Peaches' Electro Shocks


By Noah Michelson

It's been almost ten years since the The Teaches of Peaches came out. How do you feel about women's sexuality in the music industry since then? Have you seen progress? Have you seen encouraging things?
I've seen a lot of people do it.

I'm thinking of Katy Perry's 'I Kissed A Girl.' We had her in Out and so many people said, 'She's not pro-gay! She's totally making a mockery of us.'
I don't think she's making a mockery. I think she wrote that song and I think her record label and all the bullshit around her made that that way. I'm sure she kissed a girl. She wrote a song about it. I know a lot of lesbians who are outraged by that song. I don't even think it's her fault. She just wrote that song. It's all about how they built it up.

The machine.
It's the machine. Don't hate the girl. Hate the machine.

The first time people started referring to you as a political artist was with the release of Impeach My Bush --
I don't know' with Father Fucker I got a lot of --

Well, really, from the first beat of The Teaches with Peaches, everything you've done has been political. How do you feel about being labeled a political artist -- that is important to you?
I hope that one day I don't have to be deemed a political artist because I hope these things get more normalized. I just continue to do what I do and I find out where the world is at with it.

Do you think with Obama in office there is going to be a new awakening in artistic circles?
I don't know. It's up to everybody. Like Obama says, 'We are all responsible.' I think that's a cool thing to say and I think that everybody should just take responsibility and push it as hard as possible. The one thing about Obama is he's still religious. That's the only thing. I think religion ruins everything and I think it's ruined a lot of freedom in America especially and I don't care who knows it. I think religion sucks.

You grew up Jewish, right?
I grew up Jewish, yes.

Do you have any connection to Judaism?
Heritage wise, yes, but it's really controversial too. For every religion you're always the good guy and the bad guy. As much as much as you want to identify with someone, the more you identify with that, the more you also shut out. I'm a Jewish person living in Berlin and for me that's really important. People are like, 'Why would you live in Berlin?' I think more Jewish people need to come to Berlin and be a part of it. I'm against organized religion. It's really a strange topic. You could talk days, months about religion. Of course the way you grow up is who you are and don't you forget it! Especially Jewish people. That definitely made me who I am. I really don't want it to stop other people from being themselves.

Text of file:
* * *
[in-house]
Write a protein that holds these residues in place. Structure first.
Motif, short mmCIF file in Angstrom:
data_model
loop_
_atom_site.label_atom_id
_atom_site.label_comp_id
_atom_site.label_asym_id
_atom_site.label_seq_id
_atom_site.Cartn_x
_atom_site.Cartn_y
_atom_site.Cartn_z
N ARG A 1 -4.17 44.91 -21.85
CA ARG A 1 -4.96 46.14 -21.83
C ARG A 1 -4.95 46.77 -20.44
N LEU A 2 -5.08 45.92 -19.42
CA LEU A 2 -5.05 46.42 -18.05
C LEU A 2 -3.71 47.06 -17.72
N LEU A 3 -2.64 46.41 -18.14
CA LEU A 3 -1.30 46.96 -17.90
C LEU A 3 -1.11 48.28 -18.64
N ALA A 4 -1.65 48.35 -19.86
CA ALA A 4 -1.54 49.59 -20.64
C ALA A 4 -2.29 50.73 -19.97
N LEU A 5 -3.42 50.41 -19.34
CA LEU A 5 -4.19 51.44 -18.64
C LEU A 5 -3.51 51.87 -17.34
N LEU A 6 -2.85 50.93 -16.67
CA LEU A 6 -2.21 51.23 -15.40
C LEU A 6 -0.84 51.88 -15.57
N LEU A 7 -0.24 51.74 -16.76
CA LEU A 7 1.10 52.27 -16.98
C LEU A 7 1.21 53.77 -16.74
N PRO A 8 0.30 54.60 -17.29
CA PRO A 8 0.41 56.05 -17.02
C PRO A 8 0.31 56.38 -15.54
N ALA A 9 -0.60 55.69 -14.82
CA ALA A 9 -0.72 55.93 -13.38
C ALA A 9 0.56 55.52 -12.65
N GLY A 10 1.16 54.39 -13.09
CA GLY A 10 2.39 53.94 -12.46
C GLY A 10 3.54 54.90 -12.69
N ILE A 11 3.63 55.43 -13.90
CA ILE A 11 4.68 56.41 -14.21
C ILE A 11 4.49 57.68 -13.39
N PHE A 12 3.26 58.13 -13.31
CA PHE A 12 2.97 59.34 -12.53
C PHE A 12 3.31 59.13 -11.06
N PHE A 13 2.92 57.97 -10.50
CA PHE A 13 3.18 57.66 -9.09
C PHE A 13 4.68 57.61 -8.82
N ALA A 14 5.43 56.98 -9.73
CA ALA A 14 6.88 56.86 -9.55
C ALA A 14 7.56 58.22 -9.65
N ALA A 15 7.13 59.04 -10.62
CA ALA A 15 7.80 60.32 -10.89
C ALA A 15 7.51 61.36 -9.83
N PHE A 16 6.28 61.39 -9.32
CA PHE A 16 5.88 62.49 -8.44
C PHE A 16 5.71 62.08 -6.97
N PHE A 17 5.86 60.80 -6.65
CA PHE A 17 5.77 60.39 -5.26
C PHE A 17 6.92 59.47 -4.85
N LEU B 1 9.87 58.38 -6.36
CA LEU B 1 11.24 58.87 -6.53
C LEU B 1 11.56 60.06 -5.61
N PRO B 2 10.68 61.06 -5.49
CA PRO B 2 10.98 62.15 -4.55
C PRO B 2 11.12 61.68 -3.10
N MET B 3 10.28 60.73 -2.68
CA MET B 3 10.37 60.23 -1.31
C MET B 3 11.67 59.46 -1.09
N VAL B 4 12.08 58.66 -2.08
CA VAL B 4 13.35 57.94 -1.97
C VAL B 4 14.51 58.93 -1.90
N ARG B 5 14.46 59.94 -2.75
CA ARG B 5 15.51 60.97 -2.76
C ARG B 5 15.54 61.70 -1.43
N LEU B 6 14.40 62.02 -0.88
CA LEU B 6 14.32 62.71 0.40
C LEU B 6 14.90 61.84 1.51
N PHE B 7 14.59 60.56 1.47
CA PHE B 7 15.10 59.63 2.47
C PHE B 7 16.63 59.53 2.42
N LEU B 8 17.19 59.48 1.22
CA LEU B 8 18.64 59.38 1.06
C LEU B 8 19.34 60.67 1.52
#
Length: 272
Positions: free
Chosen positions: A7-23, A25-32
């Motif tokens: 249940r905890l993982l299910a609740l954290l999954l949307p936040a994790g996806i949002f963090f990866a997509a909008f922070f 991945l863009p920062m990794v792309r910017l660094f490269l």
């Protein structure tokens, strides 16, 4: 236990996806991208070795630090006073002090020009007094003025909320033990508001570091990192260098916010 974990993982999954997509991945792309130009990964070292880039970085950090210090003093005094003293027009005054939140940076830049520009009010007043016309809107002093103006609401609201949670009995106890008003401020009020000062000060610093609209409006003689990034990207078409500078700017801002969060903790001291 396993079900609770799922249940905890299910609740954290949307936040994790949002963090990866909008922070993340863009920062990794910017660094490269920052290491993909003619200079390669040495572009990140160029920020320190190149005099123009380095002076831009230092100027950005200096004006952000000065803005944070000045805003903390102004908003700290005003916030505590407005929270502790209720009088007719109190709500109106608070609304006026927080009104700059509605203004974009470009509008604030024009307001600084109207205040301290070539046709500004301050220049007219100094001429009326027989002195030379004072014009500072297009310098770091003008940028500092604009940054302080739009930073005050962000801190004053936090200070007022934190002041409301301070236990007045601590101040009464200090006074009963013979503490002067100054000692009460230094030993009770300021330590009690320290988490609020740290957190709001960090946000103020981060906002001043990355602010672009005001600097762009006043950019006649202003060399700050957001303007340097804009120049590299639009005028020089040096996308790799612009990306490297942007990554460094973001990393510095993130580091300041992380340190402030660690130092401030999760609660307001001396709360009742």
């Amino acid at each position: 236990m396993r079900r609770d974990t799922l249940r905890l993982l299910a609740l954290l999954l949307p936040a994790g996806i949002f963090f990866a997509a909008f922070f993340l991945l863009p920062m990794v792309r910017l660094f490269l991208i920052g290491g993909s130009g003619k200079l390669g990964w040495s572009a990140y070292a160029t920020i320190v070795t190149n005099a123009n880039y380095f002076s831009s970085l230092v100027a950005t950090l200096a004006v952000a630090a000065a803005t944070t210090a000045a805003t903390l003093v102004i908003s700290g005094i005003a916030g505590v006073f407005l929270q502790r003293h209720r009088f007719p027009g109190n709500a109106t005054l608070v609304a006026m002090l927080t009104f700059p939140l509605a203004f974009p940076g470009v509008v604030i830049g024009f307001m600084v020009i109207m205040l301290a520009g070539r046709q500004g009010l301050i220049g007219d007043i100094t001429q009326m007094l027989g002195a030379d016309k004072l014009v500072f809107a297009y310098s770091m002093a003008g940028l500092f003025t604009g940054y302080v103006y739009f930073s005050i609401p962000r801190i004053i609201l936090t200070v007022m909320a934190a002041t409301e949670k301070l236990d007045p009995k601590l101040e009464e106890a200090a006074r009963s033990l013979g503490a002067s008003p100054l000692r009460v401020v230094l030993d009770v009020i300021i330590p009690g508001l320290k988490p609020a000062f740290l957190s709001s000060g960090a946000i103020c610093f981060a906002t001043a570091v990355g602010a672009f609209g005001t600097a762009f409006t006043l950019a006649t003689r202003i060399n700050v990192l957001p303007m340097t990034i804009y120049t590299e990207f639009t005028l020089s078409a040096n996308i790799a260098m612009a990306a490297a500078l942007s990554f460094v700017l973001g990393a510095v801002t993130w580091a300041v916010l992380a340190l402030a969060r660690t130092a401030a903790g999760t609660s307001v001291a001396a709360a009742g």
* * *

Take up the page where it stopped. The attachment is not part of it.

You did an interview with Debbie Harry a few years ago and at one point you said you never really thought of yourself as a funny person, which is really intriguing because your lyrics are hilarious. How do you come up with them? Do you keep little running list of innuendos --
They just come up and I'm like, 'I like that!' I try not to do it too much. It's the same with the title of the album, I Feel Cream. I wanted it to be a little more abstract and suggest more singing. I've never used Peaches and cream together, which is a really easy connection, so I just thought I'd make it go down a little easy.

What's the weirdest exchange you've ever had with a groupie? I feel like you must have some really crazy fans.
I've had some crazy exchanges. There was this time when I sitting beside somebody and I said something like, 'Can you pass the water?' They must on been on so many drugs that they tried to stick their thumb up my ass. It's like, 'What are you doing? Why would you think I would ask for that?'

Maybe because your onstage persona is so sexualized that people think they have -- not the right but --
There's a line between consent and attacking somebody.

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